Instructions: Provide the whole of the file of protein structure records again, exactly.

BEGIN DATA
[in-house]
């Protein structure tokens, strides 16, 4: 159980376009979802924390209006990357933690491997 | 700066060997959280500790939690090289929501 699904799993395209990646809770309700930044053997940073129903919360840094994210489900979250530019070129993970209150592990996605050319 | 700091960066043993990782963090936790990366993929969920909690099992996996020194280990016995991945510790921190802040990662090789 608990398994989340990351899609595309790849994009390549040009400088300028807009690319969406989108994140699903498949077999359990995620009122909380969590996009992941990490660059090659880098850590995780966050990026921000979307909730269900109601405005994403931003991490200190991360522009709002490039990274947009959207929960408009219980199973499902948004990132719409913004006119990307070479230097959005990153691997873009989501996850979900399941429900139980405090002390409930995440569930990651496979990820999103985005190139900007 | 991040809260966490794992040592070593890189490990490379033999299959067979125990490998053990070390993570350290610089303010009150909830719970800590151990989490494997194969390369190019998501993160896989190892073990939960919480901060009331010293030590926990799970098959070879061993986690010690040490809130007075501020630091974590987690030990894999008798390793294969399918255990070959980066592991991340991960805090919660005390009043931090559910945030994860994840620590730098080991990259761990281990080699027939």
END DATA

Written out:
[in-house]
């Protein structure tokens, strides 16, 4: 159980376009979802924390209006990357933690491997 | 700066060997959280500790939690090289929501 699904799993395209990646809770309700930044053997940073129903919360840094994210489900979250530019070129993970209150592990996605050319 | 700091960066043993990782963090936790990366993929969920909690099992996996020194280990016995991945510790921190802040990662090789 608990398994989340990351899609595309790849994009390549040009400088300028807009690319969406989108994140699903498949077999359990995620009122909380969590996009992941990490660059090659880098850590995780966050990026921000979307909730269900109601405005994403931003991490200190991360522009709002490039990274947009959207929960408009219980199973499902948004990132719409913004006119990307070479230097959005990153691997873009989501996850979900399941429900139980405090002390409930995440569930990651496979990820999103985005190139900007 | 991040809260966490794992040592070593890189490990490379033999299959067979125990490998053990070390993570350290610089303010009150909830719970800590151990989490494997194969390369190019998501993160896989190892073990939960919480901060009331010293030590926990799970098959070879061993986690010690040490809130007075501020630091974590987690030990894999008798390793294969399918255990070959980066592991991340991960805090919660005390009043931090559910945030994860994840620590730098080991990259761990281990080699027939």